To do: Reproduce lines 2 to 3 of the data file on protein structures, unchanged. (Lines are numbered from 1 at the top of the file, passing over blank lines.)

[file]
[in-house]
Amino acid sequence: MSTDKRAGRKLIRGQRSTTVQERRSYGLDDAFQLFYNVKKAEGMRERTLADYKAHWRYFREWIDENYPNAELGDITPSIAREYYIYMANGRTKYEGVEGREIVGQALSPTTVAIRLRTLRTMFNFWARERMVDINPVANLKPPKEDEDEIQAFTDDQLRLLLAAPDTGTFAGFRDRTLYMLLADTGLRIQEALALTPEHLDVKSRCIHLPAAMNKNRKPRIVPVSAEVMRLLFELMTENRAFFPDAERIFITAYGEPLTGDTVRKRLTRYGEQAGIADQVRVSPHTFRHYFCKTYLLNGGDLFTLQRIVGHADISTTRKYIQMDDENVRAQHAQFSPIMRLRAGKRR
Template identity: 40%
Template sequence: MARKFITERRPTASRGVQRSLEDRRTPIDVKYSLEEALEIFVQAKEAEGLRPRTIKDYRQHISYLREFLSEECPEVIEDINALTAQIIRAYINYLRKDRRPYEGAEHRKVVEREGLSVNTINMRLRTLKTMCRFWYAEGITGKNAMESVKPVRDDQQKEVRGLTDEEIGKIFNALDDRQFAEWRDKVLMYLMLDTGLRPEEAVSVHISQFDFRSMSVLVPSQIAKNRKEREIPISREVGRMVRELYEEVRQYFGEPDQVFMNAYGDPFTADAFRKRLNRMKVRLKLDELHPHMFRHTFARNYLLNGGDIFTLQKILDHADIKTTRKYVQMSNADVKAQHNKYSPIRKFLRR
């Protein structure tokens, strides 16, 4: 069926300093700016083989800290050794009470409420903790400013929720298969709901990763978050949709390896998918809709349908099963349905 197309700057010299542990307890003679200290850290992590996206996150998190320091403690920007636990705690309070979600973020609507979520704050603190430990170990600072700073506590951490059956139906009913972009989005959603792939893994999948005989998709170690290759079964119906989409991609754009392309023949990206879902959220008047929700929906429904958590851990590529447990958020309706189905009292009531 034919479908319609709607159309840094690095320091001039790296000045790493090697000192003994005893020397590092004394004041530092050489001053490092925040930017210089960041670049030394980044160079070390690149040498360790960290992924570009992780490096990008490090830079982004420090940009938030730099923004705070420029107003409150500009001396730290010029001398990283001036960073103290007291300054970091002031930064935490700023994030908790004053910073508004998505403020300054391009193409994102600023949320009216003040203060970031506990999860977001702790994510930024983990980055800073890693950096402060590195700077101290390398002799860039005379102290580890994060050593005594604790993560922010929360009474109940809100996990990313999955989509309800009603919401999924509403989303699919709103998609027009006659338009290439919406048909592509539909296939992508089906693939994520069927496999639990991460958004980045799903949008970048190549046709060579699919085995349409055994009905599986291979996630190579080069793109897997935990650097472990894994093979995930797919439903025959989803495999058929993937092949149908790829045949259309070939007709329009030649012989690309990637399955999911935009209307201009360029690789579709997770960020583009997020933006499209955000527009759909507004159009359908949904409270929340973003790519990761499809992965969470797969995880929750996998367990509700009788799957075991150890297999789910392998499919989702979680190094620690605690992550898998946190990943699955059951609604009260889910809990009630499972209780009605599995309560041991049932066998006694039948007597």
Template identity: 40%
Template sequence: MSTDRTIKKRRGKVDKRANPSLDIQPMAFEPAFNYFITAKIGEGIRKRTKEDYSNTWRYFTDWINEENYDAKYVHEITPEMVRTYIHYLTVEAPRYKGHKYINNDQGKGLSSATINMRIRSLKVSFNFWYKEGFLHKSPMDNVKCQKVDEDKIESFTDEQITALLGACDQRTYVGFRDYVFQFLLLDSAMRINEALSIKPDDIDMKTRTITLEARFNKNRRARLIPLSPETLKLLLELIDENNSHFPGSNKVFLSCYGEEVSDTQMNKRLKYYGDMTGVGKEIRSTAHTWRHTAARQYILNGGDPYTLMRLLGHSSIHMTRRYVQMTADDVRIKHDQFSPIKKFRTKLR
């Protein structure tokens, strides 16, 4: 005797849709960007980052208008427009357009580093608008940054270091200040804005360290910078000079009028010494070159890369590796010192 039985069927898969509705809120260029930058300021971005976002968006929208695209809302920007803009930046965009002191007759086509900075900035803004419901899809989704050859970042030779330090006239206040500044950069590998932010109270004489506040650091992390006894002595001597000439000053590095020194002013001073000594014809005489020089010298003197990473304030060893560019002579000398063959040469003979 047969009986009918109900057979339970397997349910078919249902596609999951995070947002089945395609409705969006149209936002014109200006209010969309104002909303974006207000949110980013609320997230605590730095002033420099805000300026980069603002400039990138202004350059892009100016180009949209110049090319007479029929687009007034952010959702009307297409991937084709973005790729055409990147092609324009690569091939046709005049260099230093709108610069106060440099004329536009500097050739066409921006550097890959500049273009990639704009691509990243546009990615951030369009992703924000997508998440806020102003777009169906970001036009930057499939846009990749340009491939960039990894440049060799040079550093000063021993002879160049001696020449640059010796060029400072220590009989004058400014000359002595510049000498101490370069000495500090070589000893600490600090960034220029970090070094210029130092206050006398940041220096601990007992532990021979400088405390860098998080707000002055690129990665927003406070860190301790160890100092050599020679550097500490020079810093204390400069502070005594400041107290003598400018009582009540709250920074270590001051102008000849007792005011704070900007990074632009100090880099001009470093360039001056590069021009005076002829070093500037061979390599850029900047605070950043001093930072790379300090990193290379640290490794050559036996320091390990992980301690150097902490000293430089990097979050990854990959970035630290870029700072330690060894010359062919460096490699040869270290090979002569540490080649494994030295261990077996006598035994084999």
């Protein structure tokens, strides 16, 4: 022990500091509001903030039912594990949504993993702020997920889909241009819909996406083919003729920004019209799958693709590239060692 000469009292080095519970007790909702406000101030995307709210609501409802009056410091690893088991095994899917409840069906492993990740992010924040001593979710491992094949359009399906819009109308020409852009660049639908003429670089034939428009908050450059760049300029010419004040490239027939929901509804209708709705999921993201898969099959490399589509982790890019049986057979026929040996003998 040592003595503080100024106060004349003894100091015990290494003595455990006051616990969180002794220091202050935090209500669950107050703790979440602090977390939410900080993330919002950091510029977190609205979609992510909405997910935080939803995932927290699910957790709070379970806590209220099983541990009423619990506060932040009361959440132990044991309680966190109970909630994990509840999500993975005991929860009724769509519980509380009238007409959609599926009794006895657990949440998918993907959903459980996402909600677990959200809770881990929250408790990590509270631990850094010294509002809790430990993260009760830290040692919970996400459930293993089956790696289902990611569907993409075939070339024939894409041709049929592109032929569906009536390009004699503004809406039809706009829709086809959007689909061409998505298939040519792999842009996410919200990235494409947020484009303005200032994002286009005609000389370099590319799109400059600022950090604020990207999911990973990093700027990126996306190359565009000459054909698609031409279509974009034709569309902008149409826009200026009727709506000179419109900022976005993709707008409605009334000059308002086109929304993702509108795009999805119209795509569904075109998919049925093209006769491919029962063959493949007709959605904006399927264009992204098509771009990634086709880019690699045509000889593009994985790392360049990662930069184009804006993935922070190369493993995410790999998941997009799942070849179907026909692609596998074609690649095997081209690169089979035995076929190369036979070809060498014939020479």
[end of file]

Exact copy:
Amino acid sequence: MSTDKRAGRKLIRGQRSTTVQERRSYGLDDAFQLFYNVKKAEGMRERTLADYKAHWRYFREWIDENYPNAELGDITPSIAREYYIYMANGRTKYEGVEGREIVGQALSPTTVAIRLRTLRTMFNFWARERMVDINPVANLKPPKEDEDEIQAFTDDQLRLLLAAPDTGTFAGFRDRTLYMLLADTGLRIQEALALTPEHLDVKSRCIHLPAAMNKNRKPRIVPVSAEVMRLLFELMTENRAFFPDAERIFITAYGEPLTGDTVRKRLTRYGEQAGIADQVRVSPHTFRHYFCKTYLLNGGDLFTLQRIVGHADISTTRKYIQMDDENVRAQHAQFSPIMRLRAGKRR
Template identity: 40%